Under SFDR, financial market participants are required to disclose qualitative and quantitative information on their approach to ESG, including the management of sustainability risks – that may impact the value of their investments – and ‘principal adverse impacts’ – the potential negative impacts that their investments have on the environment and society.
What US managers or distributors will need to be aware of if they operate in the EU
At first glance, the SFDR creates significant additional administrative burden to fulfil the disclosure requirements. However, it has a more far reaching normative impact for asset managers/distributors and advisors operating in the EU.
Through the disclosure requirements SFDR essentially requires firms to make strategic decisions about their approach to sustainability. To communicate how a product impacts sustainability, managers/distributors will need to decide how to measure that impact. Does the distributor have a system in place to measure such impacts? If it does, how does it work? If not, should it develop a system? Which products are intended to minimize PAIs and which are not? Where PAIs are not considered, the SFDR requires a clear explanation for why this is the case.
The fund can then be allocated to each segment of relative compliance as described in the chart. This is, however, not without some challenges.
Indeed the approach taken to implement them has generated a lot of confusion and uncertainty. In many cases, reporting requirements were perceived as complex or incomplete, phased execution and moving deadlines have caused more confusion among the financial players.
With the first reporting period being 1 January 2022 to 31 December 2022, as a result, financial market participants and financial advisers, which consider PAI (Principal Adverse Impacts on sustainability matters), are urged to start collecting the relevant data as of the beginning of January 2022.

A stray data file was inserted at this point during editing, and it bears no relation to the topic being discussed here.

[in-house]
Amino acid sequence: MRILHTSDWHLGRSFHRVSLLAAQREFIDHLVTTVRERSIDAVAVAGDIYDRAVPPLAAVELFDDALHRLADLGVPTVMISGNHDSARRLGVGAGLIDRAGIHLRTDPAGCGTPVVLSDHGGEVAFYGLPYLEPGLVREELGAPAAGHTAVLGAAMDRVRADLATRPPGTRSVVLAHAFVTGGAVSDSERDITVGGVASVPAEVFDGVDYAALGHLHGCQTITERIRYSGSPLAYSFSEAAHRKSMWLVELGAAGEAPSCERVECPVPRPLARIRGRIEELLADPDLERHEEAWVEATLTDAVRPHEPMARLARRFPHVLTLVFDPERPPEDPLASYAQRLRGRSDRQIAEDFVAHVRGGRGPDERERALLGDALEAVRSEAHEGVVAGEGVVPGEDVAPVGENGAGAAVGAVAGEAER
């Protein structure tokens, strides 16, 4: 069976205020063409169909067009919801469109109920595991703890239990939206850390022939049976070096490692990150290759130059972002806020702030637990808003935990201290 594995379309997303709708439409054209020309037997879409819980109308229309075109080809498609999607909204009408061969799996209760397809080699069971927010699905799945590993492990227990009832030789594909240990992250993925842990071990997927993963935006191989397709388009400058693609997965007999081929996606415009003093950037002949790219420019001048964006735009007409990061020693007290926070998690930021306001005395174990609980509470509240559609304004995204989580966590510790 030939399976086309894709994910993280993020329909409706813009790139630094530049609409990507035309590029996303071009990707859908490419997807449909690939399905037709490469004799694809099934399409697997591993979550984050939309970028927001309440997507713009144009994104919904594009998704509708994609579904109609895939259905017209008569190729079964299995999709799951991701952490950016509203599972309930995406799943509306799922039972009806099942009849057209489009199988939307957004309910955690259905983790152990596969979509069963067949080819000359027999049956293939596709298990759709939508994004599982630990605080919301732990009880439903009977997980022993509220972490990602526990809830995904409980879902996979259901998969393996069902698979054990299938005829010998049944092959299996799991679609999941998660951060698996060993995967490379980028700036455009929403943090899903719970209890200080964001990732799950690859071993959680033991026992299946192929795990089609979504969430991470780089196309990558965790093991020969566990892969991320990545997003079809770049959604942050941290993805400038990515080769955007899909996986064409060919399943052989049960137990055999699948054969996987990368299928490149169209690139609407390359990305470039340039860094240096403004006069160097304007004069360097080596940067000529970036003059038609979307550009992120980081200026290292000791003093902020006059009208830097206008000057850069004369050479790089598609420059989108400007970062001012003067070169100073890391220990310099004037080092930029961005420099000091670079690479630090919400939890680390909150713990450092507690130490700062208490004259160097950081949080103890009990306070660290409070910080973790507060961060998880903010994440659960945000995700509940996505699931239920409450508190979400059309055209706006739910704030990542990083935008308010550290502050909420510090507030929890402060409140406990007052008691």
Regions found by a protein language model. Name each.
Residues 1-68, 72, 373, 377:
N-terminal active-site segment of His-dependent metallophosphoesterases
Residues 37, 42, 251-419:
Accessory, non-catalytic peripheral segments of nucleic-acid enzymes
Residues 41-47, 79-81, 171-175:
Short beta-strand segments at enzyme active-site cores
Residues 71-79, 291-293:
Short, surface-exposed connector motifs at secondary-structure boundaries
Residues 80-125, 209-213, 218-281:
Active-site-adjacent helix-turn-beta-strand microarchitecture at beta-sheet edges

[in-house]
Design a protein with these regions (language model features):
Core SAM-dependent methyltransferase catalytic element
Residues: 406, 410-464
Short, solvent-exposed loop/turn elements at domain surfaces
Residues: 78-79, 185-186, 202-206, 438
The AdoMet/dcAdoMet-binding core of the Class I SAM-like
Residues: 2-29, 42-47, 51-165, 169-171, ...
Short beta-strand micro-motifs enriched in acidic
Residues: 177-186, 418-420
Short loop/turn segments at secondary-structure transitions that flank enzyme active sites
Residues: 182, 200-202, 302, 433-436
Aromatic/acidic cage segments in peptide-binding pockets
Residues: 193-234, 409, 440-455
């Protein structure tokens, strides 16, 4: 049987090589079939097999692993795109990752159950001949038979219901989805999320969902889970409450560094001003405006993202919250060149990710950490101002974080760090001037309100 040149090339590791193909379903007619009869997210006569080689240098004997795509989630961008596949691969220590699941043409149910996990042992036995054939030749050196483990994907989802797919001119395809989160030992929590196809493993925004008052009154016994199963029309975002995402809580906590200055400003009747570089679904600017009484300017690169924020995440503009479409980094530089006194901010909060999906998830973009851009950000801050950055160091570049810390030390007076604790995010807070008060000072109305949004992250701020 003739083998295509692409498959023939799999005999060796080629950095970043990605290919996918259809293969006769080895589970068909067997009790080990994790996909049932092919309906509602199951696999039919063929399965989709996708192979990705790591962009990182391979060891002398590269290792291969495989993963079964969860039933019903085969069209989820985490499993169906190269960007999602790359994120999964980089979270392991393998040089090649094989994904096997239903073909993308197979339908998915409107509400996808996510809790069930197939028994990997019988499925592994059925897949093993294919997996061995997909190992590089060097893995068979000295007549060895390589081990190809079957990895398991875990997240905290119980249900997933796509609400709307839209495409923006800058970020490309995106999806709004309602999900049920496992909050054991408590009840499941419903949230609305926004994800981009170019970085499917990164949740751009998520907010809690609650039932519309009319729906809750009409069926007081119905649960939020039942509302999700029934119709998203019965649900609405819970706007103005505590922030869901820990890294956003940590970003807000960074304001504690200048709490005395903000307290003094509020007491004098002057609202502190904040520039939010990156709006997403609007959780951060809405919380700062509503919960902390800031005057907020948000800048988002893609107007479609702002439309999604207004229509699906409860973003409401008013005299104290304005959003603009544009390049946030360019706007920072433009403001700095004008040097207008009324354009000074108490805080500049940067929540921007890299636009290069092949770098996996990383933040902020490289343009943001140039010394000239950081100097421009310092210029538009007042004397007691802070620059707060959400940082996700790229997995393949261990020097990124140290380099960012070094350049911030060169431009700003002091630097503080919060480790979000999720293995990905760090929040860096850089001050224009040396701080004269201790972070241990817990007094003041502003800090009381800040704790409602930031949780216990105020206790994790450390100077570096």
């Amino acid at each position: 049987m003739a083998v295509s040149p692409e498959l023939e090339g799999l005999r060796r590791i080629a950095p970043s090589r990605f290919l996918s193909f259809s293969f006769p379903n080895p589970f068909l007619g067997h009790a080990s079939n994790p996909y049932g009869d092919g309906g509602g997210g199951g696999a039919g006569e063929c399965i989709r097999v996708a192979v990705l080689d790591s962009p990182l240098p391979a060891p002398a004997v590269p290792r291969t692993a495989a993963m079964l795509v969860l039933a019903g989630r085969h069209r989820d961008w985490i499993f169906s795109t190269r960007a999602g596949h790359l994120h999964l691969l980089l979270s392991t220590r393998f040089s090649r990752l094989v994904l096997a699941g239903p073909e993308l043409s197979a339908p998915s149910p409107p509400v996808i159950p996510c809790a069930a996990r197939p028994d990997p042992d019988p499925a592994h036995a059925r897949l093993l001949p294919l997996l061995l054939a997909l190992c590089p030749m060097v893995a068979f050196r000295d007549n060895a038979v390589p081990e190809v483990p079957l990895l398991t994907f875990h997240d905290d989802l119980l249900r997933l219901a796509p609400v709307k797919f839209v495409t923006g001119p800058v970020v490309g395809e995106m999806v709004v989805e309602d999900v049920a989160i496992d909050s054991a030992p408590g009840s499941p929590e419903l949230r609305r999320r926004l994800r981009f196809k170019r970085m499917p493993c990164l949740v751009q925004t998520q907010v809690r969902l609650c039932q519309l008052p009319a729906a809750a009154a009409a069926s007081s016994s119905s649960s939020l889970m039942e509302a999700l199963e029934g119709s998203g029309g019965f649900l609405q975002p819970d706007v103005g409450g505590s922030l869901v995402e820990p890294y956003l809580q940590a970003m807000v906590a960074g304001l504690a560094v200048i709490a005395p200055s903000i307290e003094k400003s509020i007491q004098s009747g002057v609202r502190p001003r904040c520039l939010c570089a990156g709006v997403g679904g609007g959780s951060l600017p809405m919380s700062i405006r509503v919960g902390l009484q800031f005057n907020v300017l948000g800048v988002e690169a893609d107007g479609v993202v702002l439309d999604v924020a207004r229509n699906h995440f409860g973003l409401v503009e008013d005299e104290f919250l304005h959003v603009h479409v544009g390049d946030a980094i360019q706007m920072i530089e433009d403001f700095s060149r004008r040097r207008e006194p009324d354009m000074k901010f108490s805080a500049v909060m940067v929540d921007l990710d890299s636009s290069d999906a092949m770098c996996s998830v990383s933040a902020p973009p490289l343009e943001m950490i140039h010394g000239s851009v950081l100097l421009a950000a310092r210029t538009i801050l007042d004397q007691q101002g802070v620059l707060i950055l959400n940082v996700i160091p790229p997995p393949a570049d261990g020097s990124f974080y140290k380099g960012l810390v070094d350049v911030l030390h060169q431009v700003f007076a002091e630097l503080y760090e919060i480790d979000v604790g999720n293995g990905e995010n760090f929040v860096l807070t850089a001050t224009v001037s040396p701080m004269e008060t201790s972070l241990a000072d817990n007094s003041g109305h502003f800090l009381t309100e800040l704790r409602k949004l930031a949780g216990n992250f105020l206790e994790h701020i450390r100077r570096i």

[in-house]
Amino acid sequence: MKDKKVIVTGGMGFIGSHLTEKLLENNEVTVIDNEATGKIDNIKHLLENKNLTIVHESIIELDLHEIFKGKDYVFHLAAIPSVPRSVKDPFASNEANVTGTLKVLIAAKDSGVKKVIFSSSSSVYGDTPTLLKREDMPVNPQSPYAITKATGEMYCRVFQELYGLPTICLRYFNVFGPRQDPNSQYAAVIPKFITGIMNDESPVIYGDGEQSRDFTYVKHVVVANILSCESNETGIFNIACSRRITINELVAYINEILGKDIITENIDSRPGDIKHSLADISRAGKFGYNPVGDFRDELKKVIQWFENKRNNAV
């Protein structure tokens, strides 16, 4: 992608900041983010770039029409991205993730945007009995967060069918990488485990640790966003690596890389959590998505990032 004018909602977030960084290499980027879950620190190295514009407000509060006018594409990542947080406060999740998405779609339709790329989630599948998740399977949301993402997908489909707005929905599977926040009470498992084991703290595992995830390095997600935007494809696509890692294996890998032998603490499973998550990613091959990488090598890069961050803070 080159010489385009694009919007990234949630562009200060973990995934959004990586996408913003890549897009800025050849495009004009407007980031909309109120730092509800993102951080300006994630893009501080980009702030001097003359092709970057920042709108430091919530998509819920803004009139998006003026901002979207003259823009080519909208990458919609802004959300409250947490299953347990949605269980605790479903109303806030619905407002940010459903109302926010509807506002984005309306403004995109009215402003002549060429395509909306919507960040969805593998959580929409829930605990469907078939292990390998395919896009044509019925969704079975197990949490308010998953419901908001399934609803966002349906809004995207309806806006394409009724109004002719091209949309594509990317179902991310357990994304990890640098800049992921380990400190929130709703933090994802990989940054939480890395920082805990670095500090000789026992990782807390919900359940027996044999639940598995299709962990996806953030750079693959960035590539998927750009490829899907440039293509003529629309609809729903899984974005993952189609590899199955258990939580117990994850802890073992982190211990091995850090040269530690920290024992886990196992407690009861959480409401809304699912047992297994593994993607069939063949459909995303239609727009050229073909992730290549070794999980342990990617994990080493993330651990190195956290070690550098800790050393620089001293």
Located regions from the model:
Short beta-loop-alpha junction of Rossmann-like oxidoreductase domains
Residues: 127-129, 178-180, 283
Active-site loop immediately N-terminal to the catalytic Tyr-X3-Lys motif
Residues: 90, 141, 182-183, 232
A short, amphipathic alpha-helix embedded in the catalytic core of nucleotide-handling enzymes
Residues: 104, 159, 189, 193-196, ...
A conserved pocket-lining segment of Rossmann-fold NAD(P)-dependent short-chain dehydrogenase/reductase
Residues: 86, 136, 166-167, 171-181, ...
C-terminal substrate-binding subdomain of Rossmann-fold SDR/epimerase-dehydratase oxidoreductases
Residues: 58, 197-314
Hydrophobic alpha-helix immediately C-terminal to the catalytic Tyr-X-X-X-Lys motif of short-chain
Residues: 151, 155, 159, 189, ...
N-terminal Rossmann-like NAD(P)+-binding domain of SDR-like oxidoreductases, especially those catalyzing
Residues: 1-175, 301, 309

(The application of such single delegated act encompassing the RTS will be further postponed by a period of six months, resulting to 1 January 2023.)
It also seems like applying the taxonomy in practice presents challenges. While law enforcement and implementation is still in its infancy , there are clearly gaps between existing company internal requirements and requirements given through the taxonomy. a common understanding and knowledge of sustainable products and best practices will take time and an implementation of taxonomy taking into account the key milestones is a key requirement.
Small companies might experience certain limitations in disclosing taxonomy-relevant information due to lack of resources, expertise and incentives on providing data
Systems need to be adapted to be able to inspect clients and their value chains when anticipating the taxonomy incorporation. The truthfulness of sustainability related certificates is often only vaguely verified and needs to receive special attention.
The use of a third party might prove helpful in these instances. A further requirement for successful taxonomy use is the education of employees on sustainable business practices and taxonomy related requirements. Vistra is always happy to help.
If you would like to see the Zoom webinar watch here